In an article found at The Heartland Institute, we have this opinion concerning severability and ObamaCare. Heartland appears to be a Right-leaning (but hardly radical) collection of scholars.
What is likely as to the outcome of this law “ . . . . is that the Supreme Court would just eliminate the portions of the bill which are tied directly to the individual mandate. Some people have claimed the severability clause is absent from Obamacare because the writing process of the bill was such a cluster, the clause was just forgotten. But the reality, I’m told, is that a severability clause would’ve been added in conference between the House and Senate. Except that as you know, no such conference happened — everything had to be done via reconciliation after the House passed the Senate bill. Hence, no severability clause.
Now, the folks at Heartland are much more qualified than a 35 year old Okie carpenter, to discuss such things, expect on the occasion that they do not have all the facts.
This is such a circumstance.
It is all but forgotten, but, in a word, this is what happened to the severability clause and ObamaCare:
Scott Brown. . . . .
That is what happened to the clause.
With his victory, the Boston Globe carried this headline story:
"Republican Scott P. Brown pulled off one of the biggest upsets in Massachusetts political history last night, defeating Democrat Martha Coakley to become the state’s next US senator and potentially derailing President Obama’s hopes for a health care overhaul."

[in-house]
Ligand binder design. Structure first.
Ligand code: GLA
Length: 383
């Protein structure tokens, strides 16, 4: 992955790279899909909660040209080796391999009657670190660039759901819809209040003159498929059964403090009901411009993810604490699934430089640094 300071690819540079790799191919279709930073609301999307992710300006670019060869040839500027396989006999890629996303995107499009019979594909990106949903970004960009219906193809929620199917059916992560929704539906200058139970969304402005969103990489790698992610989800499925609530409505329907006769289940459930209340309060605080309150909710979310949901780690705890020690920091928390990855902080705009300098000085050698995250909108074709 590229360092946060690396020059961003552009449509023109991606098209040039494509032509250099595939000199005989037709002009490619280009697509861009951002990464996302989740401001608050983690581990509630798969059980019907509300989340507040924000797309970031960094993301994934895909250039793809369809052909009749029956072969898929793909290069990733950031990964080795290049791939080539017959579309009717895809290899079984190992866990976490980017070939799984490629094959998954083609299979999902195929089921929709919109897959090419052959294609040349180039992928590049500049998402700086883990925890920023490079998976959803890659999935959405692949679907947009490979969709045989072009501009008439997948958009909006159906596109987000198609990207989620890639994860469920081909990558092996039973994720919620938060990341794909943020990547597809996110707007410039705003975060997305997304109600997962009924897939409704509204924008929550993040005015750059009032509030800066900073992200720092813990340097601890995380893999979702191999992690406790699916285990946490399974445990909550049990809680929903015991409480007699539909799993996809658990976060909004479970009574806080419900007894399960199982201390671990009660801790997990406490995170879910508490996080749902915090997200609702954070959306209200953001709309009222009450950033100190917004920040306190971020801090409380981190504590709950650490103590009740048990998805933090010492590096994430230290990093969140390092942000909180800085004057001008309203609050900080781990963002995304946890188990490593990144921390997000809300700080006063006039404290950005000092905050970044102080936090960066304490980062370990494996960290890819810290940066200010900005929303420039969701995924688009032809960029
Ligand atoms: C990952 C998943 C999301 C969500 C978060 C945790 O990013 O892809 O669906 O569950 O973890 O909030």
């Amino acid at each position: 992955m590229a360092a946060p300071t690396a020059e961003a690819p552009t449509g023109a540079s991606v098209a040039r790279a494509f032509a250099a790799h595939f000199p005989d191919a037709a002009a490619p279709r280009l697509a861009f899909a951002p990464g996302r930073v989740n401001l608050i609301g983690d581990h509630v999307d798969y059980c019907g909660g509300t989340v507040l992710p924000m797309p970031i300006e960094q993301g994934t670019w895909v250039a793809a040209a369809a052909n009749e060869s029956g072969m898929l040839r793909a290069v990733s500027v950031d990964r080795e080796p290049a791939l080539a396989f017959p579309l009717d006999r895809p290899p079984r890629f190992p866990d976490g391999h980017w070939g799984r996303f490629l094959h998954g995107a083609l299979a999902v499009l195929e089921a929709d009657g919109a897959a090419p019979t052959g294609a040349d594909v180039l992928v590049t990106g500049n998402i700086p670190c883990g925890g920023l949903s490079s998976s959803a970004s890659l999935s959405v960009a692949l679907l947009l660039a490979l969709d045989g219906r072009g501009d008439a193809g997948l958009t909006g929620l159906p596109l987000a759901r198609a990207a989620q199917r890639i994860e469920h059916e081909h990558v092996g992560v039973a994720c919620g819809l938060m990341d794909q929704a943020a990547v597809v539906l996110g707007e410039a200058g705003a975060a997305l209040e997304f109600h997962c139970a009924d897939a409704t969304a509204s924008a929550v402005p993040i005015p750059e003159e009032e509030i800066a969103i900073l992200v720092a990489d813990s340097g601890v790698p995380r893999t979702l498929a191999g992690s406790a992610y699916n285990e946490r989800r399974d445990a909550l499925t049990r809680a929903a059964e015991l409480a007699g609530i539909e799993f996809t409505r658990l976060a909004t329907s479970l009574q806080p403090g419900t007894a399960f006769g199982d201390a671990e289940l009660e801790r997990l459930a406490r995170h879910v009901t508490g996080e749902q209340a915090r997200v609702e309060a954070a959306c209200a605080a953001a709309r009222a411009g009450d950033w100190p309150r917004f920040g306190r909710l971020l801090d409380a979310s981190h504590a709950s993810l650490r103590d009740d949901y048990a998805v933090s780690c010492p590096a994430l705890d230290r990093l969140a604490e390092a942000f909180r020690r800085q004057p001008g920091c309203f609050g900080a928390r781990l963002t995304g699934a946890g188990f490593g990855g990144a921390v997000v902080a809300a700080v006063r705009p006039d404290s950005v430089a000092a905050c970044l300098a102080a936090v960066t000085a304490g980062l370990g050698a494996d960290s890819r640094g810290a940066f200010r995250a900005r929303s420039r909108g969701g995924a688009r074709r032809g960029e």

He won his Senate election in Massachusetts, replacing the dead Ted Kennedy, and, with that victory, reduced the majority in the Senate from 60 to 59. You should know that it takes 60 votes (in the Senate) to end discussion of a bill. Without that majority, it was possible for Senate Republicans to stop progress on health care bill. Understand that the bill had been approved by House just prior to Scott Brown's election. During that process, in the House, somehow, the severability clause had been dropped before the vote. After the House voted to pass the law, it was sent to the Senate for approval.
Problem: Scott Brown won his election on the promise of voting against ObamaCare. As a result, the Senate was stuck with the precise wording of the House bill. Without the super majority in the Senate (the 60 vote margin), the Democrats would have to renegotiate the bill if they changed the wording approved in the House. Democrats knew Scott Browns election ended their dictatorial hold on Congress as a whole. They knew the death of ObamaCare was a very real possibility, so they decided to run the bill through the Senate via "reconciliation," and pass the bill as written. The public option could not be added nor could the severability clause be re-inserted. After Brown's monumental election, the Democrats knew that if they did not accepted the bill as approved by the House, the GOP could not stop its passage.
In one of the greatest moments in political history, the GOP had out-smarted the Dems and proved themselves to be more astute at political strategies than they. The omission of the severability clause just might prove to be the single most important factor in the failure of ObamaCare, should that be the case.